Skip to comments.Glenn Beck TV thread May 21st 2010
Posted on 05/21/2010 1:33:13 PM PDT by cripplecreek
(Excerpt) Read more at foxnews.com ...
I’m zeroing in on sucessfully photographing lightning.
Still clear in my mind to this day.
“New Deal or Raw Deal?: How FDR’s Economic Legacy Has Damaged America”
Burton W., Jr. Folsom (Author)
My folks HATED FDR. Viscerally. Absolutely despised him.
On Henry Morganthau:
His biggest success was the new Social Security program; he reversed the proposals to fund it from general revenue and insisted it be funded by new taxes on employees. Morgenthau insisted on excluding farm workers and domestic servants from Social Security because workers outside industry would not be paying their way. He is quoted in doubting the huge spending schemes in The New Deal that haven’t reduced unemployment and only added debt:
“We have tried spending money. We are spending more than we have ever spent before and it does not work. And I have just one interest, and if I am wrong somebody else can have my job. I want to see this country prosperous. I want to see people get a job. I want to see people get enough to eat. We have never made good on our promises. I say after eight years of this Administration we have just as much unemployment as when we started. And an enormous debt to boot.”
...now for a photo of the ever-elusive ‘ball’ lightning...
That’s pretty impressive...
The Great Depression, and the economic catastrophe that it was, is perhaps properly scaled in reference to the decade that preceded it, the 1920s. By conventional macroeconomic measures, this was a decade of brisk economic growth in the United States. Perhaps the moniker the roaring twenties summarizes this period most succinctly. The disruptions and shocking nature of World War I had been survived and it was felt the United States was entering a new era. In January 1920, the Federal Reserve seasonally adjusted index of industrial production, a standard measure of aggregate economic activity, stood at 81 (193539 = 100). When the index peaked in July 1929 it was at 114, for a growth rate of 40.6 percent over this period. Similar rates of growth over the 192029 period equal to 47.3 percent and 42.4 percent are computed using annual real gross national product data from Balke and Gordon (1986) and Romer (1988), respectively. Further computations using the Balke and Gordon (1986) data indicate an average annual growth rate of real GNP over the 192029 period equal to 4.6 percent. In addition, the relative international economic strength of this country was clearly displayed by the fact that nearly one-half of world industrial output in 192529 was produced in the United States (Bernanke, 1983).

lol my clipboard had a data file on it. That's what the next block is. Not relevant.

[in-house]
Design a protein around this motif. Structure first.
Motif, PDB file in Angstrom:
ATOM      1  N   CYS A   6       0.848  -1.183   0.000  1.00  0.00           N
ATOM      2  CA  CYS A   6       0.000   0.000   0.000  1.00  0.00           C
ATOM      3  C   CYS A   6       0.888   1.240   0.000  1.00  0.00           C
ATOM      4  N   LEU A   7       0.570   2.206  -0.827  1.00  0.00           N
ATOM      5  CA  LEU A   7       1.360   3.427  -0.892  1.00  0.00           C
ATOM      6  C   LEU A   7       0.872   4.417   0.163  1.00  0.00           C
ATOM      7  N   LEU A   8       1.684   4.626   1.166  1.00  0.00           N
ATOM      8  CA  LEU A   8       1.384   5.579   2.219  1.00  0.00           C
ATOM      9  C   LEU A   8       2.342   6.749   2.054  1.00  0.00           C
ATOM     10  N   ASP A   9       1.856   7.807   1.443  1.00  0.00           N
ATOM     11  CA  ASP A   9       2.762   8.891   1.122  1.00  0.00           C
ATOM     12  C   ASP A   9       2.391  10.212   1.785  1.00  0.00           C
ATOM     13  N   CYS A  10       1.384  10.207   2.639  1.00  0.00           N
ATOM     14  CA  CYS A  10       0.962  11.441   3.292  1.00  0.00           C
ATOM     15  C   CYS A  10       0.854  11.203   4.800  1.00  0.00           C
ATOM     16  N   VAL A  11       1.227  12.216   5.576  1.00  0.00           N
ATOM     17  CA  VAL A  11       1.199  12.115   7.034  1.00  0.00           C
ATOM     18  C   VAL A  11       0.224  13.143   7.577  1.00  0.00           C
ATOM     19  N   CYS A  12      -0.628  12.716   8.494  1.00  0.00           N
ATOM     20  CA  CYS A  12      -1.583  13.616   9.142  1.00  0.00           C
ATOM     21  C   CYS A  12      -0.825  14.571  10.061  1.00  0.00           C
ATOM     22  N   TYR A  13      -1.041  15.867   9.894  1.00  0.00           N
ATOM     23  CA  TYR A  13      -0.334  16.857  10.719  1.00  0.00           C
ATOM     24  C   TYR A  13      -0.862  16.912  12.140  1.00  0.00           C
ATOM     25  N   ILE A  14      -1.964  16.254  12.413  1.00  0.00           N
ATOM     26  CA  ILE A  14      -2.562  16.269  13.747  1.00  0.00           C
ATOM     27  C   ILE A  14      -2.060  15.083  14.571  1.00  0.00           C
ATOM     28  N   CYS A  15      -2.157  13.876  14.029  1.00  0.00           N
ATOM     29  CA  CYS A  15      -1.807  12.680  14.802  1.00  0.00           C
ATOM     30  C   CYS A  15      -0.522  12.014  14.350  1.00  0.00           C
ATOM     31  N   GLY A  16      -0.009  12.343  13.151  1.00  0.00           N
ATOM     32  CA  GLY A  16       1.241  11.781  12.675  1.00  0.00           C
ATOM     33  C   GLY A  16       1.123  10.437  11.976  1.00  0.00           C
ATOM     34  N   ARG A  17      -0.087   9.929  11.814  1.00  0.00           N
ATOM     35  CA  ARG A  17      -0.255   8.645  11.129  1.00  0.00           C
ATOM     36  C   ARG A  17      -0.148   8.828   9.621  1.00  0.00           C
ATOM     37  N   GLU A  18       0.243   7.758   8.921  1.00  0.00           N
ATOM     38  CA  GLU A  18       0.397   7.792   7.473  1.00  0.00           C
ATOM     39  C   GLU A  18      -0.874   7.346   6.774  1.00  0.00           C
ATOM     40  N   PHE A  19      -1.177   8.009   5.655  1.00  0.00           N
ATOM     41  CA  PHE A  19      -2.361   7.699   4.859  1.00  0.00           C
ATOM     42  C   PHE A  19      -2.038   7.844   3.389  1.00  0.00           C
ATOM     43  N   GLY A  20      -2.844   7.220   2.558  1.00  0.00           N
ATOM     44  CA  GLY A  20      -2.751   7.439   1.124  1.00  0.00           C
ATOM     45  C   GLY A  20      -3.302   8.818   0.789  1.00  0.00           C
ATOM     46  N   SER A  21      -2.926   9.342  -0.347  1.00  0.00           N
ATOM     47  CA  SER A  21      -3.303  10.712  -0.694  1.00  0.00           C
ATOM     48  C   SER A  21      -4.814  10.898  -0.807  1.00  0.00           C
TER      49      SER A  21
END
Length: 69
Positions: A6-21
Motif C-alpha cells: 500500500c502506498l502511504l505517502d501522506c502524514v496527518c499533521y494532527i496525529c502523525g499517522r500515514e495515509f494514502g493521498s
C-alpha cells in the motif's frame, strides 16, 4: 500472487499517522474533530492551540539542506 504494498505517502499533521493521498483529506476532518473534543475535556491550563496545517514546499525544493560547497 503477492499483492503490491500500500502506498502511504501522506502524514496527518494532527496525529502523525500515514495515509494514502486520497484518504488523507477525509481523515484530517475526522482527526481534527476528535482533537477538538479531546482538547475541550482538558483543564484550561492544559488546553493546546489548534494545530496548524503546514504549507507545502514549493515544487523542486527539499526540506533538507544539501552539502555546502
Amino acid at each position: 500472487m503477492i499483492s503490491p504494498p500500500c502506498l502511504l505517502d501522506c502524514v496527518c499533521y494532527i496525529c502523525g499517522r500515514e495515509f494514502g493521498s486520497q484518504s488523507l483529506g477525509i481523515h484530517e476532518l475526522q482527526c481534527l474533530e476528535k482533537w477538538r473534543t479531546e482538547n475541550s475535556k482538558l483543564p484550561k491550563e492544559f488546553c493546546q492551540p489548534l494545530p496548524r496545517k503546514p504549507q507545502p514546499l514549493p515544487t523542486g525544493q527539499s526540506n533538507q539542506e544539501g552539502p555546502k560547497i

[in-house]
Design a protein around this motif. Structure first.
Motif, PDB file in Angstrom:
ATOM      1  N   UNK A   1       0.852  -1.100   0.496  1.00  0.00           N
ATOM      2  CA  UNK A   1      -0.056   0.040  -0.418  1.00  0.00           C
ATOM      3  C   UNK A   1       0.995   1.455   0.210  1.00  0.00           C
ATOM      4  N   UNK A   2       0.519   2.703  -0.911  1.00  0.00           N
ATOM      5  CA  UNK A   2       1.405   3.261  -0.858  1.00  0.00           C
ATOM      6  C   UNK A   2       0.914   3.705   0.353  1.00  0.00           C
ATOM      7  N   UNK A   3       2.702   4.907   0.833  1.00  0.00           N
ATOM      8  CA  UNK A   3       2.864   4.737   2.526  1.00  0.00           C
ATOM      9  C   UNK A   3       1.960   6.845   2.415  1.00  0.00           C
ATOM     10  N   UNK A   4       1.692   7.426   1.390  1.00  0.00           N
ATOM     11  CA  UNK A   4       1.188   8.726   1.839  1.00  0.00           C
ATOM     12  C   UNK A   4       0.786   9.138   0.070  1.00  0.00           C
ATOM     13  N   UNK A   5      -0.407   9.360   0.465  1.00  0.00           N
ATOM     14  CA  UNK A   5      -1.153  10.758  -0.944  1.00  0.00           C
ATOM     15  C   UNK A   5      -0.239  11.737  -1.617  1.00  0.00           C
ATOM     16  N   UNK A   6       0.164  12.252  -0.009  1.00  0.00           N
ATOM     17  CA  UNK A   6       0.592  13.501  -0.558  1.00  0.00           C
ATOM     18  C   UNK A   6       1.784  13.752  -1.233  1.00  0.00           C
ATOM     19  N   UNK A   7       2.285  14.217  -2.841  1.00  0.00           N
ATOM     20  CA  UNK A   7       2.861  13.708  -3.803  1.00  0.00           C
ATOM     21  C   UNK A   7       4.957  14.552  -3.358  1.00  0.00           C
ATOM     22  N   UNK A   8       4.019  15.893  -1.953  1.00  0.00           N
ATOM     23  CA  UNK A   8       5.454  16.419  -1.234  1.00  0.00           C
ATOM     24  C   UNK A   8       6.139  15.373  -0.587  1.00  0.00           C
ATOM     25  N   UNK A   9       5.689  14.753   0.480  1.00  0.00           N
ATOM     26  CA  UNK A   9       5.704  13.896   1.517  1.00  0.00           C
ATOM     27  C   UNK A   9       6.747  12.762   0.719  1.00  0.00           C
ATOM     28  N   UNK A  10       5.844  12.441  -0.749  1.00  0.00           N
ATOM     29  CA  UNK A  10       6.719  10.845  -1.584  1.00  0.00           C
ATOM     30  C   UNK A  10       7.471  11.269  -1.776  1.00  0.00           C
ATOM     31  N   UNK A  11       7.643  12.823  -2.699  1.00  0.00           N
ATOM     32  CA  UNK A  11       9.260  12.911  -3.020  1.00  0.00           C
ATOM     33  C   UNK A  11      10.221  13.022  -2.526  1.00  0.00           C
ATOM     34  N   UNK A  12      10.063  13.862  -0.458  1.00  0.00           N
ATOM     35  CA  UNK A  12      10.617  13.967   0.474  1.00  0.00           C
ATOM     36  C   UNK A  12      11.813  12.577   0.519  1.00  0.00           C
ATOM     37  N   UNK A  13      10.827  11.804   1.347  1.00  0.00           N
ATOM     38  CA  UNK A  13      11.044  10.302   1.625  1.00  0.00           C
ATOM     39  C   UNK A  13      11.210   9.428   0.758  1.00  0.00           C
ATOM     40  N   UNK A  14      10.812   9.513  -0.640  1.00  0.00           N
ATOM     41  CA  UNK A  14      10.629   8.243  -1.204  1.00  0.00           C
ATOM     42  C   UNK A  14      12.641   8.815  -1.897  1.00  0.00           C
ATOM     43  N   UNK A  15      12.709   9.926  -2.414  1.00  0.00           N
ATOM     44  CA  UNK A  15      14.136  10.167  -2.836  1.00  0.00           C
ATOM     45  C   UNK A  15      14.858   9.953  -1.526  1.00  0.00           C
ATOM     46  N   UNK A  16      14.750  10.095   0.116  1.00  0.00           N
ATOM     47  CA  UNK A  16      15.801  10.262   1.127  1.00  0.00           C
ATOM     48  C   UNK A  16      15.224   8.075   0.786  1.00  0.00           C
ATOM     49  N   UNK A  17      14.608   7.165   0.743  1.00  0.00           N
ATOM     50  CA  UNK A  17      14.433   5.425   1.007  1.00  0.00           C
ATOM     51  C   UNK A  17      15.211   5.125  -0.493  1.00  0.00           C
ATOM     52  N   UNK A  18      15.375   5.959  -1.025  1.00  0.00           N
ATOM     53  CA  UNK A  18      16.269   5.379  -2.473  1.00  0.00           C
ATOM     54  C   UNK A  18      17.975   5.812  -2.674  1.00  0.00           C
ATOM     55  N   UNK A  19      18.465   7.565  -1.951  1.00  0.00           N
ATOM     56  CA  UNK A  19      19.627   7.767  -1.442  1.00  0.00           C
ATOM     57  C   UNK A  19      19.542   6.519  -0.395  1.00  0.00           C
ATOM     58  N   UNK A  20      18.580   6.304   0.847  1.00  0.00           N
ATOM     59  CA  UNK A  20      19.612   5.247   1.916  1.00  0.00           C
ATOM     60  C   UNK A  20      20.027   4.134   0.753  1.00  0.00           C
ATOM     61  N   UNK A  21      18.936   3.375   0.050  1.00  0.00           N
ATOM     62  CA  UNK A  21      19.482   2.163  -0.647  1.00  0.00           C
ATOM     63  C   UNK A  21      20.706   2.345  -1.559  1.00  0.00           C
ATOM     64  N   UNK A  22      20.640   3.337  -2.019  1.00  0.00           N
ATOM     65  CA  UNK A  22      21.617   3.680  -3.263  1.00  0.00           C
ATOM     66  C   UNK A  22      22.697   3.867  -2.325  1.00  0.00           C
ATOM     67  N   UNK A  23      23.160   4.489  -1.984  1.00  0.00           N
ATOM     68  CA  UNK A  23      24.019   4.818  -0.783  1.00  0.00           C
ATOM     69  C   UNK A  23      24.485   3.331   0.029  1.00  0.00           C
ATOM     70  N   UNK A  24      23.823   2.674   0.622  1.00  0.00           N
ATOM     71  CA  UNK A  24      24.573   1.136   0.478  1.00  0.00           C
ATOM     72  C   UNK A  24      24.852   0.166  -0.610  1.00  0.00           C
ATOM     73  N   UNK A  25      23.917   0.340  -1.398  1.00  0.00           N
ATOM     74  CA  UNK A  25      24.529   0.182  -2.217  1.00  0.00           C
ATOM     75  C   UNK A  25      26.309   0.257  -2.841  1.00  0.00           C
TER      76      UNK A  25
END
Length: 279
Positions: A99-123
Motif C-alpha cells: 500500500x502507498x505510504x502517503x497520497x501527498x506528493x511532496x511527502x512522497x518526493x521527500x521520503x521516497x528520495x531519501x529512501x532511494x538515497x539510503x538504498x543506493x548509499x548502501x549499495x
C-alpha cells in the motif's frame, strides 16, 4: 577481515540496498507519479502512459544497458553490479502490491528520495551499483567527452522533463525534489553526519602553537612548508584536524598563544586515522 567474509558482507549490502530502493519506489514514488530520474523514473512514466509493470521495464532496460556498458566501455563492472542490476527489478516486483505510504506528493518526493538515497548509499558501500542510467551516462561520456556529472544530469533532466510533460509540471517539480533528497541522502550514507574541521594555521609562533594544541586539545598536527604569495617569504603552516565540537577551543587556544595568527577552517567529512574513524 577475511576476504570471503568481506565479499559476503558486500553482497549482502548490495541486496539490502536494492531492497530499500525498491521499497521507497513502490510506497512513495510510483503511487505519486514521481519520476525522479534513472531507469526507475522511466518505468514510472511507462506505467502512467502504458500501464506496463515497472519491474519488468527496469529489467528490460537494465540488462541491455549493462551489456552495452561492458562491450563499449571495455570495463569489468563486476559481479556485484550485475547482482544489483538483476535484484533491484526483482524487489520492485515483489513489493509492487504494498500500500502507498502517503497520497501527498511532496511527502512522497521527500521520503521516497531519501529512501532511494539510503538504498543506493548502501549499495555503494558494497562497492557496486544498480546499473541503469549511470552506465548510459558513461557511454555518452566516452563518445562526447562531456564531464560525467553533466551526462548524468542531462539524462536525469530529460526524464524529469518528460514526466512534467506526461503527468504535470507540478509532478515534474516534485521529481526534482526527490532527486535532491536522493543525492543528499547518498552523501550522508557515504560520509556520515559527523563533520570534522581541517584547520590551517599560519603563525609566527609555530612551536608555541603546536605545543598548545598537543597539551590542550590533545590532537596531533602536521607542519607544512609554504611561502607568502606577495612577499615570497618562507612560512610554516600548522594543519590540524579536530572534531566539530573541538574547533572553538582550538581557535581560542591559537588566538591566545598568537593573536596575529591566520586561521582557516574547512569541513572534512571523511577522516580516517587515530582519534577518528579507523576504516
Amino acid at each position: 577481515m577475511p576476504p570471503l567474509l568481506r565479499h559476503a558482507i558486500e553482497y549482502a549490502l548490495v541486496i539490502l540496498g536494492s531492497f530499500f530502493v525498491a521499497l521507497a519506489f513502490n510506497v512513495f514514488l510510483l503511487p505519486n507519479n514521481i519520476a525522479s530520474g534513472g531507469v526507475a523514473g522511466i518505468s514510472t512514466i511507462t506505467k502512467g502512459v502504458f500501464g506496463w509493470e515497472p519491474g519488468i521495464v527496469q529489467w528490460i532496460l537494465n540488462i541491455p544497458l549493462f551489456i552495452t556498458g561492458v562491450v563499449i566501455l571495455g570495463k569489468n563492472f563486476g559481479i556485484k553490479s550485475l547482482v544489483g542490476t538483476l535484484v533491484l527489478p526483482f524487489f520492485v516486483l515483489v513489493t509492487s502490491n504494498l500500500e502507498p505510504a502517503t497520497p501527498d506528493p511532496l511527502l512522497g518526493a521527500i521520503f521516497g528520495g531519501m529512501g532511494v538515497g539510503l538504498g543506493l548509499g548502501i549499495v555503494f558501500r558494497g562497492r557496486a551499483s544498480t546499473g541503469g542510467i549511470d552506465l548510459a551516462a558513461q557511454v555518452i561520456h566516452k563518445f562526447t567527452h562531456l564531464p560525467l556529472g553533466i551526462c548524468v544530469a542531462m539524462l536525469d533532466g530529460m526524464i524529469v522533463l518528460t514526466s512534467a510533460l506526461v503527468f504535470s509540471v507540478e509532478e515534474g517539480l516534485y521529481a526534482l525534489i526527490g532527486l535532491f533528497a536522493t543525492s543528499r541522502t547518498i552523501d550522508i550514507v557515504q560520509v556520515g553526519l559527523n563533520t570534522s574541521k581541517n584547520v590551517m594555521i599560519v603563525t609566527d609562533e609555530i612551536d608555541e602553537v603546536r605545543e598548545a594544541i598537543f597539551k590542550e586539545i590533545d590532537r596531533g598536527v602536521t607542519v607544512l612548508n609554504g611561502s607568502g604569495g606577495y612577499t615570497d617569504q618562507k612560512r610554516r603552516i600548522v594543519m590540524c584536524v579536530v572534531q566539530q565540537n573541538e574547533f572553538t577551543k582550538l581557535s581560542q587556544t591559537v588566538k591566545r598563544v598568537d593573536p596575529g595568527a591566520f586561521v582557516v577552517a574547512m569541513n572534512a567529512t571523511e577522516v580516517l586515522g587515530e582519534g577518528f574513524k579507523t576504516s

Consumer Durables Market